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Three important aspects regarding content should be considered.
These are literature, debriefing and business.


It is important that your ideas be grounded in work that has already been accomplished.  This usually entails referring to the relevant literature or already-existing simulation/games.  It does not always mean that you must conduct an exhaustive literature review and analysis where such is not the objective of the article.   What it does mean is that you must relate your work to the most salient aspects of other work, by means of carefully selected references.  This does not mean that any old set of references will do, nor does it mean that you must absolutely have all possible references.  Of course, if the primary purpose of your article is to review the literature on a particular topic, then the reference list needs to be fairly complete.

For introductory or synthesis papers, think about relative newcomers to the field -- what recent and important references would help them if they wanted to begin to follow up on your work?  In some cases, such as in the reporting of focused, in-depth research (e.g., effectiveness of simulation ...), it is essential to cite relevant literature.  This does not mean every conceivable reference that might have something to do with the study.  Rather, it means a complete, but focused, set of references that are directly related to the topic of research being reported.

Remember that the literature is contained in both books and journals, including previous issues of S&G.  You will be pleased to know that he entire collection of S&G has now been digitized, enabling you to search on all back issues for nearly 40 years, starting with Vol 1 No 1.  You should find a search link at the journal web site or the search page:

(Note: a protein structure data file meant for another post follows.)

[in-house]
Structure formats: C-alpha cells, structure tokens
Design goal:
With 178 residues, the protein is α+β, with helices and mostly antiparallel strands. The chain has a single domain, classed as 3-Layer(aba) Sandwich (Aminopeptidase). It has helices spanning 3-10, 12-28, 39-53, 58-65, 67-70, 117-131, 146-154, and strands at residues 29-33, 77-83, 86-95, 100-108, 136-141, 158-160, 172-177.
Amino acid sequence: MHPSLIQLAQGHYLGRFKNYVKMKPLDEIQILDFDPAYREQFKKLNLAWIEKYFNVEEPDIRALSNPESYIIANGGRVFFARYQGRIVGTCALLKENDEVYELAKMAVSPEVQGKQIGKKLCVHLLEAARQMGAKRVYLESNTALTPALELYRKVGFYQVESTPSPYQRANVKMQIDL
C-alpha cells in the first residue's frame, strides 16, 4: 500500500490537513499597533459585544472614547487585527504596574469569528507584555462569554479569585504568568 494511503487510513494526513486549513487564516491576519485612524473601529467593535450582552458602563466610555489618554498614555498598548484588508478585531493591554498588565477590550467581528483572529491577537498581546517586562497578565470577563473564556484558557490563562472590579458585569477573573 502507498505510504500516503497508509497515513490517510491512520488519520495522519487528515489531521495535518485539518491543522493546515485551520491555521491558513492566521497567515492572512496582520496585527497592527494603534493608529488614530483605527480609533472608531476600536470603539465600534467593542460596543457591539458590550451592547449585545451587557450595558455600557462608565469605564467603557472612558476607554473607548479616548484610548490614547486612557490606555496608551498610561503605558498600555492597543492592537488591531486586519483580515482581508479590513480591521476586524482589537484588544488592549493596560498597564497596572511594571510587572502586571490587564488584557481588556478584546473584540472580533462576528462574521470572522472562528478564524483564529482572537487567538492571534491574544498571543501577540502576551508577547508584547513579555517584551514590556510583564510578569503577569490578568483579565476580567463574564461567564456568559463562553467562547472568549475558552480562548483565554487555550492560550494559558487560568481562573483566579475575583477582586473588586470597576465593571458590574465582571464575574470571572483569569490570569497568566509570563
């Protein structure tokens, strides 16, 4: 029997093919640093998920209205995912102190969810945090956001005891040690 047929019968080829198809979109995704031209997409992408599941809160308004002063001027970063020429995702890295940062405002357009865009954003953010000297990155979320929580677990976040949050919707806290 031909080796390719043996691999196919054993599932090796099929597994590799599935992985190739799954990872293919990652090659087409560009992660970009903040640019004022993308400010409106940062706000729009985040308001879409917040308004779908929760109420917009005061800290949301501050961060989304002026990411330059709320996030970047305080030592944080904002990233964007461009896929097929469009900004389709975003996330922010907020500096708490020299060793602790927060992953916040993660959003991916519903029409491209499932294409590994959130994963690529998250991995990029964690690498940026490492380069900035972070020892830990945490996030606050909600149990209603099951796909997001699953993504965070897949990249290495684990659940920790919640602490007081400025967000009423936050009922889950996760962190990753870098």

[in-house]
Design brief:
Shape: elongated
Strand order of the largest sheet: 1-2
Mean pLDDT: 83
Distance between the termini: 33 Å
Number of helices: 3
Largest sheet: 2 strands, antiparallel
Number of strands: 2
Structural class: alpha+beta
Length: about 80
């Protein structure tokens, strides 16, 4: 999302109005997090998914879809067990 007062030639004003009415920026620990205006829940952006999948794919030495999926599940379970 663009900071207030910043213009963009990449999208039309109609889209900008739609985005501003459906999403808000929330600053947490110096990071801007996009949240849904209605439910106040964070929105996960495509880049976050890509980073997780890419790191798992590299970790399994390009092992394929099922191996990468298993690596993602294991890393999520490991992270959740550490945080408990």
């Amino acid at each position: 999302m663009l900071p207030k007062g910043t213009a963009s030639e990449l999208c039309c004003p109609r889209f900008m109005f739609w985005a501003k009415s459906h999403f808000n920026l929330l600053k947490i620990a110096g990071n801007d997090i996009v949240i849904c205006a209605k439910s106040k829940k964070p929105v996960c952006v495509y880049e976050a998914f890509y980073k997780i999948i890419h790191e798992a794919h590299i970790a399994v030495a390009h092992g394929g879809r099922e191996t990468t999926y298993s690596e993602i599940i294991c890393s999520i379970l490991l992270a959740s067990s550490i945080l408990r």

Be sure to include relevant references to the literature, particularly all relevant articles published in S&G.  Reviewers often 'complain' that authors have not referred to the relevant S&G literature.  Better to do this at the outset, rather to have to rework a later version of the article.

 Business, management, marketing, economics, ... 

All papers that have as their focus business, management, marketing, entrepreneurship, trade, finance, accounting and economics should be sent to the Business Editor.

Note that the operative term here is "focus".  If your article is called "Learning from Business Games", then you must determine on the main focus – if the article is mostly about business simulation/gaming, then send it to the Business Editor, if it is essentially about learning, then send it to the Editor.   A guideline in deciding would be to ask the following question and reply honestly: "If I were to take away the business aspects of the article, would it still retain its main message?"  If so, send it to the Editor.  If not, send it to the Business Editor.  In the last resort, send it to one of those two, who will, if necessary, forward to the other.

 Guide to the literature & bibliography on debriefing 

A guide to the literature and a bibliography on debriefing can be found in:

Crookall, D.  (1995).  A guide to the literature on simulation/gaming.  In Crookall, D. & Arai, K.  (Eds.)  Simulation and gaming across disciplines and cultures.  Thousand Oaks: Sage Publications.

An important resource to draw upon for proper discussion of debriefing is a special issue of S&G (Vol 23, No 2, June 1992).  This can be obtained from Sage Publications.

You will also find other references to debriefing in the debriefing page of this web site.